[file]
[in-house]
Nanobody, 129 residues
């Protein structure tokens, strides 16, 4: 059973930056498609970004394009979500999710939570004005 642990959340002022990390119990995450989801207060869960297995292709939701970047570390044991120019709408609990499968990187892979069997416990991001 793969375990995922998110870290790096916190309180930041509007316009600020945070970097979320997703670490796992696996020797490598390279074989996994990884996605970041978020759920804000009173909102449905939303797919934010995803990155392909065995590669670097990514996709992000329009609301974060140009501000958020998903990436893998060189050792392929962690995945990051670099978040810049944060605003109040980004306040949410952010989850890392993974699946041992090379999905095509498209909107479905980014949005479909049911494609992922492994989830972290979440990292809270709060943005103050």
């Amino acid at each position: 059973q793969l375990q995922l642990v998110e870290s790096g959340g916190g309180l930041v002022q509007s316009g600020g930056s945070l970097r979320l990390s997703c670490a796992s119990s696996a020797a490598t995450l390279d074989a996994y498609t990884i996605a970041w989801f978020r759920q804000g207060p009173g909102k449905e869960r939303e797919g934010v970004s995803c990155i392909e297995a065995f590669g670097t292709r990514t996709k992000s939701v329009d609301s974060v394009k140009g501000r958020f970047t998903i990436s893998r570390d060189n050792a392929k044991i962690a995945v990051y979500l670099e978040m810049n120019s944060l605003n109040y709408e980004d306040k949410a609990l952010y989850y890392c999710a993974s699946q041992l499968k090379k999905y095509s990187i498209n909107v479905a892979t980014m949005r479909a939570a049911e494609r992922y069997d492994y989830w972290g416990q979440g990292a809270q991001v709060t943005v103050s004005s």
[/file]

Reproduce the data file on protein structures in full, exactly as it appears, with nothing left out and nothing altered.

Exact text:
[in-house]
Nanobody, 129 residues
């Protein structure tokens, strides 16, 4: 059973930056498609970004394009979500999710939570004005 642990959340002022990390119990995450989801207060869960297995292709939701970047570390044991120019709408609990499968990187892979069997416990991001 793969375990995922998110870290790096916190309180930041509007316009600020945070970097979320997703670490796992696996020797490598390279074989996994990884996605970041978020759920804000009173909102449905939303797919934010995803990155392909065995590669670097990514996709992000329009609301974060140009501000958020998903990436893998060189050792392929962690995945990051670099978040810049944060605003109040980004306040949410952010989850890392993974699946041992090379999905095509498209909107479905980014949005479909049911494609992922492994989830972290979440990292809270709060943005103050």
């Amino acid at each position: 059973q793969l375990q995922l642990v998110e870290s790096g959340g916190g309180l930041v002022q509007s316009g600020g930056s945070l970097r979320l990390s997703c670490a796992s119990s696996a020797a490598t995450l390279d074989a996994y498609t990884i996605a970041w989801f978020r759920q804000g207060p009173g909102k449905e869960r939303e797919g934010v970004s995803c990155i392909e297995a065995f590669g670097t292709r990514t996709k992000s939701v329009d609301s974060v394009k140009g501000r958020f970047t998903i990436s893998r570390d060189n050792a392929k044991i962690a995945v990051y979500l670099e978040m810049n120019s944060l605003n109040y709408e980004d306040k949410a609990l952010y989850y890392c999710a993974s699946q041992l499968k090379k999905y095509s990187i498209n909107v479905a892979t980014m949005r479909a939570a049911e494609r992922y069997d492994y989830w972290g416990q979440g990292a809270q991001v709060t943005v103050s004005s």